|dc.description.abstract||Background: People with chronic illnesses may require many different healthcare
services and there is need for coordination between these services. The purpose of
this thesis was to investigate whether consumption of healthcare can predict patients'
experience with continuity of care between healthcare services they have had contact
with over a two year period.
Methods: Longitudinal prospective cohort study based on data from three registry of
healthcare consumption in primary and specialist healthcare over two years, and a
questionnaire sent four months later. The dependent variable was how respondents
assessed the continuity of care, and the independent variables were the various
health services within primary and specialist healthcare services, as well as gender,
age, education and health status. The data were analysed descriptive and by logistic
Results: Of 12,500 invitees, there were 2,983 who responded to the questionnaire.
Response analysis showed that there were only minor differences in responders and
non-responders, the main difference was that the responders were older. The main
finding in the study is that age predicts for consensus with continuity of care. The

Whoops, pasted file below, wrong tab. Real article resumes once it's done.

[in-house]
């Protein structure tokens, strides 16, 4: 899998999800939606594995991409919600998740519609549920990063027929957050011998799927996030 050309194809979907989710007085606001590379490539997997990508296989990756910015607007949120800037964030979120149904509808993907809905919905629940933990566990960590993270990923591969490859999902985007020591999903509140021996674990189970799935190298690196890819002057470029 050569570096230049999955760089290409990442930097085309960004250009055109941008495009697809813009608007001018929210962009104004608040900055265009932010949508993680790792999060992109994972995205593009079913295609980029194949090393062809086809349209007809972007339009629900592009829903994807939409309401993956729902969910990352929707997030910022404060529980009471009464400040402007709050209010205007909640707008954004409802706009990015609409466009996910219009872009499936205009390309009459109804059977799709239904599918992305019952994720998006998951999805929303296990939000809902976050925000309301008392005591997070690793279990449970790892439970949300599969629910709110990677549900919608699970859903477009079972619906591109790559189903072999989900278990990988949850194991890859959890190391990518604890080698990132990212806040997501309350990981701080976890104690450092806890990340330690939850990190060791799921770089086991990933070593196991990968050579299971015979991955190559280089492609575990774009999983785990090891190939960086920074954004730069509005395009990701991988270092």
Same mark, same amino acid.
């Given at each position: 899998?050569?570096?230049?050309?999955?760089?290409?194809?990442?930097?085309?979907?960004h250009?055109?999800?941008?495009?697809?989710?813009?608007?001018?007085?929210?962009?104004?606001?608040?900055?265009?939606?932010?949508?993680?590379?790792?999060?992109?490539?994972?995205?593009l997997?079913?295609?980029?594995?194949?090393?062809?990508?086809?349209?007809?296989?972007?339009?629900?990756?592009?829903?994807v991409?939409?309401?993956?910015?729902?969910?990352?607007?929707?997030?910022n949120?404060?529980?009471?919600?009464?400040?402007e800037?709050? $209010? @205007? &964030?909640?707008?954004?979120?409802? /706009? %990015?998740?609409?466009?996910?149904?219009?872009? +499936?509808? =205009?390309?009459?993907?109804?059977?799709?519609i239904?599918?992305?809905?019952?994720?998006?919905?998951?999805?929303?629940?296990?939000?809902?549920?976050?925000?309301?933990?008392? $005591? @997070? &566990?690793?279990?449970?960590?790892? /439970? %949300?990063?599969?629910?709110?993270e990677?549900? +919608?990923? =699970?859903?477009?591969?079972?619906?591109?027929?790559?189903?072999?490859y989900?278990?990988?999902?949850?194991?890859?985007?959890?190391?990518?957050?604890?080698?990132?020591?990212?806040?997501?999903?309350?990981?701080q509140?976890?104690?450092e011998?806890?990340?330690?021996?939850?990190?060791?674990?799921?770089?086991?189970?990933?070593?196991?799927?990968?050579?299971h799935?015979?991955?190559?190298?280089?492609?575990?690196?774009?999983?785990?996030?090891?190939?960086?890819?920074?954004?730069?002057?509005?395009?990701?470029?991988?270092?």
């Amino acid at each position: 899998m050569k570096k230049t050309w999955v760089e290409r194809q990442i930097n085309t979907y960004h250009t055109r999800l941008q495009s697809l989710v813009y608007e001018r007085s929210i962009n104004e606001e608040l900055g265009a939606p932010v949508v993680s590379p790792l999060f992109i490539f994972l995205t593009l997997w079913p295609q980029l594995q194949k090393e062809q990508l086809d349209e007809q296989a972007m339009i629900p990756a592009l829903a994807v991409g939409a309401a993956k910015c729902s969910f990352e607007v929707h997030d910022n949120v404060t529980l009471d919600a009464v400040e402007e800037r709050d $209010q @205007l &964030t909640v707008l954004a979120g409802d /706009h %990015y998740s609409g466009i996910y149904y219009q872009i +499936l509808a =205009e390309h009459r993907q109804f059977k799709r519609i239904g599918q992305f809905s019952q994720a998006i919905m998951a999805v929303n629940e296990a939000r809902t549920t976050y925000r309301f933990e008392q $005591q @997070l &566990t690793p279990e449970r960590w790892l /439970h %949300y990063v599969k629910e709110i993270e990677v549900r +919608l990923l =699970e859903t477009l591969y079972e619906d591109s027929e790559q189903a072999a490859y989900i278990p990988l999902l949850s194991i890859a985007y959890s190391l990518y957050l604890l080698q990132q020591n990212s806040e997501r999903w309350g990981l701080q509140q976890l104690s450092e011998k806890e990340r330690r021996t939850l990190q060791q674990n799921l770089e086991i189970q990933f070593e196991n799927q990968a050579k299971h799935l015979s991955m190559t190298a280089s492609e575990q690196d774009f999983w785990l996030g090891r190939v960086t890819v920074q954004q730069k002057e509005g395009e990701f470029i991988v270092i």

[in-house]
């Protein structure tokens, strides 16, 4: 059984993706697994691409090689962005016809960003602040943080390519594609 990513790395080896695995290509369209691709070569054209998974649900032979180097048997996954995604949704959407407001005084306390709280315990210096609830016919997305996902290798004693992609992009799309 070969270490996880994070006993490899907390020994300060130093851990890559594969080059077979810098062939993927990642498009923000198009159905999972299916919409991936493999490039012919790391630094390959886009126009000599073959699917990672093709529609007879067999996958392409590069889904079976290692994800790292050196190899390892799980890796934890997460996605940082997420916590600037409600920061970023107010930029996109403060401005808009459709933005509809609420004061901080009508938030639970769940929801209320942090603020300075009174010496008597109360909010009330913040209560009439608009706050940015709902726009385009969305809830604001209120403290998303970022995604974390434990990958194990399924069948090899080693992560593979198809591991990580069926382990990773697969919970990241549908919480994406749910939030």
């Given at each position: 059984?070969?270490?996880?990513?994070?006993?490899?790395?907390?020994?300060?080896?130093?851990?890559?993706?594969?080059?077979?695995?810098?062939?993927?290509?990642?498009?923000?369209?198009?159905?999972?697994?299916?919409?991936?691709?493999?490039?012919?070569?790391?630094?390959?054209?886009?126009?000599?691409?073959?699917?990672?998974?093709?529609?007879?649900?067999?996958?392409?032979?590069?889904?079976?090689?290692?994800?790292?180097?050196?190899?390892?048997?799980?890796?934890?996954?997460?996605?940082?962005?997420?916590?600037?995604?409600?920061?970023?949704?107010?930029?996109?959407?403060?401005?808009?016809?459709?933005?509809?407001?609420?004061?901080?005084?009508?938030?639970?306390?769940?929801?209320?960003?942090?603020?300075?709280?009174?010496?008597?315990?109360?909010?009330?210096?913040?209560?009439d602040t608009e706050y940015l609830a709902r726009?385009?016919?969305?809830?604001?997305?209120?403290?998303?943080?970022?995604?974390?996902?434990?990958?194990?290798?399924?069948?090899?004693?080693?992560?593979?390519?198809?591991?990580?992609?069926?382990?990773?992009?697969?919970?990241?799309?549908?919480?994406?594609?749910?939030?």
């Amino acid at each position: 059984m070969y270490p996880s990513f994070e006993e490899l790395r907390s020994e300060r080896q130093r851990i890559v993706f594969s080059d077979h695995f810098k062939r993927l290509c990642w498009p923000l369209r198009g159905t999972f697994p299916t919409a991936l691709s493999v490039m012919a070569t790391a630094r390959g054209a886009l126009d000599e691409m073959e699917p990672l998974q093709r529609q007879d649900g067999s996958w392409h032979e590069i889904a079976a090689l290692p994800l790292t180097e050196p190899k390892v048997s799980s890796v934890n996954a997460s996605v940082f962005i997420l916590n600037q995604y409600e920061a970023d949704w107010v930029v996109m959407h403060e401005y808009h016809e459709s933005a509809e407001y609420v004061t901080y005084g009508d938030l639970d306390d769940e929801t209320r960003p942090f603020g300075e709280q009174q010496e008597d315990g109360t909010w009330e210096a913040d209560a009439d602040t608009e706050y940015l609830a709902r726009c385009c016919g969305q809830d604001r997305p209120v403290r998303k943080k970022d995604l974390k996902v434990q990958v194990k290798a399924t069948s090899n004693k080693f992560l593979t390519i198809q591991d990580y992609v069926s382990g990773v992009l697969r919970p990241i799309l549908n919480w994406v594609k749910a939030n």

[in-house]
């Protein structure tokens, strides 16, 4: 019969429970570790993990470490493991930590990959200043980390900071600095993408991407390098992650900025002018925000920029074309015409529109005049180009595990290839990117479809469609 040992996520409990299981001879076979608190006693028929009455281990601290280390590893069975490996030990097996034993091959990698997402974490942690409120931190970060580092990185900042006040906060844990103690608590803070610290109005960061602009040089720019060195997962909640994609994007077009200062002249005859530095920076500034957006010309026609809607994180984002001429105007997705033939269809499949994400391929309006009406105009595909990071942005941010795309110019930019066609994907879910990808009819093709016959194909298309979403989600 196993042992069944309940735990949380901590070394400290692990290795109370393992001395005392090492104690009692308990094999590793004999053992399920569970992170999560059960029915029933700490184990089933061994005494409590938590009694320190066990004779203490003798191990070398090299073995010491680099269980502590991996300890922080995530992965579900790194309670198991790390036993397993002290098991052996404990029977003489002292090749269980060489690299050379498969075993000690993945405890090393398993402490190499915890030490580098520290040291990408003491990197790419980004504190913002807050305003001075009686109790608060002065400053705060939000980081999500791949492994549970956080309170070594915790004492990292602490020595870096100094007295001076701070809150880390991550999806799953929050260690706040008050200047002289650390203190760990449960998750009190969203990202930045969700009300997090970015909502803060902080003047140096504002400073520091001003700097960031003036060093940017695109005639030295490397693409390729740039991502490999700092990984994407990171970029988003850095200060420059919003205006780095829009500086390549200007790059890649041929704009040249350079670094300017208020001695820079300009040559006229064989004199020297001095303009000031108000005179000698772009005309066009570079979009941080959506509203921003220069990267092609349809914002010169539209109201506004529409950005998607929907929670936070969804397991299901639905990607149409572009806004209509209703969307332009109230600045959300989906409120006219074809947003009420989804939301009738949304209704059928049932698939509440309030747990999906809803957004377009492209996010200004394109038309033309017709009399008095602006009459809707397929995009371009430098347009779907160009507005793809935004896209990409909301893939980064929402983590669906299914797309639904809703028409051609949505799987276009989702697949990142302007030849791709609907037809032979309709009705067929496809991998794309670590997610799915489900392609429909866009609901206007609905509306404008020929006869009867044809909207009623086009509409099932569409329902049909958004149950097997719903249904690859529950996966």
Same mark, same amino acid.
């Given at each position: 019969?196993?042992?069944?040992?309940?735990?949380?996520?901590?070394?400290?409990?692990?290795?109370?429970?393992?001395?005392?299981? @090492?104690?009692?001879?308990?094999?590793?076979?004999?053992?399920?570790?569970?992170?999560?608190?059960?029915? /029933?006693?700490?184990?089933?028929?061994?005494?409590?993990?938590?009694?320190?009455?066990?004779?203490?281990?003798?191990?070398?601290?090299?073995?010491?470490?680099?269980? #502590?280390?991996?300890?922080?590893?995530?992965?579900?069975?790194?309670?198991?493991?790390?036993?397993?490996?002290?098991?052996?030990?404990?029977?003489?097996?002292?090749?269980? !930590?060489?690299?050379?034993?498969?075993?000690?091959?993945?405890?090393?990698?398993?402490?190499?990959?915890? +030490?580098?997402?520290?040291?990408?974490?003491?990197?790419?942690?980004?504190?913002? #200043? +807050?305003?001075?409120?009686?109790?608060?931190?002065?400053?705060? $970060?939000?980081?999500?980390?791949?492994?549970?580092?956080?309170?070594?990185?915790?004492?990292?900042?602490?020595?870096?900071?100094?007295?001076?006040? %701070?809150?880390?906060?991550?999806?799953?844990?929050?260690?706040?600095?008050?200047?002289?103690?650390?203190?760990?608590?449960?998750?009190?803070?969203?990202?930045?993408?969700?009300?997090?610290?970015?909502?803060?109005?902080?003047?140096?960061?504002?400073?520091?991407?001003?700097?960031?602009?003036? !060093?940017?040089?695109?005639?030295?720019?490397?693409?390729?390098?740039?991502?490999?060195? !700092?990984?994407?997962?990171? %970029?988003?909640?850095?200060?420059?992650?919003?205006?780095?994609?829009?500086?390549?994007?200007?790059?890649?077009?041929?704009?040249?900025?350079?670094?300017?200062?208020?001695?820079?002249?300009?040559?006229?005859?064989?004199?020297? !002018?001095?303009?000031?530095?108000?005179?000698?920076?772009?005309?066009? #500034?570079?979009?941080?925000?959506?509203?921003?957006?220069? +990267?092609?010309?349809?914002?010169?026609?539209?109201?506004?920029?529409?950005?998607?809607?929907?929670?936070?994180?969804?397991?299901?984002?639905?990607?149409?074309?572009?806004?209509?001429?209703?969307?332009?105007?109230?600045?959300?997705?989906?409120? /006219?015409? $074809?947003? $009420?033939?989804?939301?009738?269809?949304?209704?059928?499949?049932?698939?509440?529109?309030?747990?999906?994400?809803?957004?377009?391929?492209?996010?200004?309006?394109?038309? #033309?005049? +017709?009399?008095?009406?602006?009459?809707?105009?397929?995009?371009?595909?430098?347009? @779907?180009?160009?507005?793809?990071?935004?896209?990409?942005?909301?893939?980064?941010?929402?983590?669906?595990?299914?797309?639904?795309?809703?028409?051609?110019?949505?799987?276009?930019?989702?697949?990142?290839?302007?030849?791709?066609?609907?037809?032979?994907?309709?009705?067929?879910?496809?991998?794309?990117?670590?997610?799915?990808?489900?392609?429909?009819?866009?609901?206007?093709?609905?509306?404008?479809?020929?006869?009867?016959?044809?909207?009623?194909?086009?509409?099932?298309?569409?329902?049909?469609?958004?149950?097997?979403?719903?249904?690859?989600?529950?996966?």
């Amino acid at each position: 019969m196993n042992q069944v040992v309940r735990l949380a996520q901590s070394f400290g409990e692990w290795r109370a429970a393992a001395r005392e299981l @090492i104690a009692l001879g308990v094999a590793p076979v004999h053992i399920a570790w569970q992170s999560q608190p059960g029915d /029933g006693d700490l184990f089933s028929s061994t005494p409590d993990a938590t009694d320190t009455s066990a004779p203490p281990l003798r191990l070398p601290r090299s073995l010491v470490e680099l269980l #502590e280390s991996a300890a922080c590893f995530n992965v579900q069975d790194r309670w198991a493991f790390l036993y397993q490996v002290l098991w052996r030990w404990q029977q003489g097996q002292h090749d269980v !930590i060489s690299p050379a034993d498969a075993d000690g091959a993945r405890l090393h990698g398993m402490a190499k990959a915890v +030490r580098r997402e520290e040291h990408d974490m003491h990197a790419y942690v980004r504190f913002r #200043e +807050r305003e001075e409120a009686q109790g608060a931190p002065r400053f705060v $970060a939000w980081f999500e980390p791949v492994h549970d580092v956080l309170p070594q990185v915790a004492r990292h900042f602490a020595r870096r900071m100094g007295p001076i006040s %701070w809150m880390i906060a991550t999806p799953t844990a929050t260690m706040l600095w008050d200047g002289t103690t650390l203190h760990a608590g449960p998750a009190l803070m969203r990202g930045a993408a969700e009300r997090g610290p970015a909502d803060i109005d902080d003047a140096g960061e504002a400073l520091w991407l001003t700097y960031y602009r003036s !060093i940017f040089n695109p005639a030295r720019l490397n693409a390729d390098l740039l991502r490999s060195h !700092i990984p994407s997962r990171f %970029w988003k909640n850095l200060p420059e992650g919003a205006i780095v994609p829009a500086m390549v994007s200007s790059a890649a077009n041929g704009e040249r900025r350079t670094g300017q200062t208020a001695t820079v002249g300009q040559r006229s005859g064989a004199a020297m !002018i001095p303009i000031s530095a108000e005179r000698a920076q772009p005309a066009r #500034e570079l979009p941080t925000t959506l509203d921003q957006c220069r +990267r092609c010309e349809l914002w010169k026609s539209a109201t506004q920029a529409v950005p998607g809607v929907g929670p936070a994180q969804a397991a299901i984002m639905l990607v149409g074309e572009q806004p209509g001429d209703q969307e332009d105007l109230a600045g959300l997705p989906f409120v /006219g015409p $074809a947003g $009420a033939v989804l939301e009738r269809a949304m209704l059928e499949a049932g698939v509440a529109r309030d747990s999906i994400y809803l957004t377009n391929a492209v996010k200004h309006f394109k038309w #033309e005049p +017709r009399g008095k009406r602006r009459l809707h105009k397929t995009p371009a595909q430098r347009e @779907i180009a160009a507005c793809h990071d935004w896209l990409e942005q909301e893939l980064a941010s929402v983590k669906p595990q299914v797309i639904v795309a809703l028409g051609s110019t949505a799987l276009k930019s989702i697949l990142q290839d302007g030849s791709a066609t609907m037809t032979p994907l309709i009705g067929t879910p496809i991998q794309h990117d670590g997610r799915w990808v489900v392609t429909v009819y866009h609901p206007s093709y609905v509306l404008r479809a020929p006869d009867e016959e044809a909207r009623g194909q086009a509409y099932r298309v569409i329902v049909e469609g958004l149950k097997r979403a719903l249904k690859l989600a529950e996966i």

youngest are least satisfied with a significant odds ratio of 2.3 (95% CI 1.5 to 3.6, p
<0.001) and the oldest are most satisfied with a significant odds ratio of 7.2 (95% CI
3, 7 to 13.2, p <0.001). Higher education, those living alone and self-reported poor
health and chronic illness predicts less agreement with continuity of care to be good.
Conclusions: The main finding is that age predicts whether patients considering
continuity of care to be good by the oldest are most satisfied. Health condition
predicts the assessment of continuity of care to a certain extent and that consumption
of health care has negligible effect for the assessment of continuity of care.
Relevance: Healthcare services focuses on diagnoses instead of being
patientcentered and the healthcare service is far from being seamless. It is important
to examine how patients considering the continuity of care. It is the patients
themselves who are present and experiencing the entire care pathway, and they
should be more included in the way that questions being asked at the patients level.||nb_NO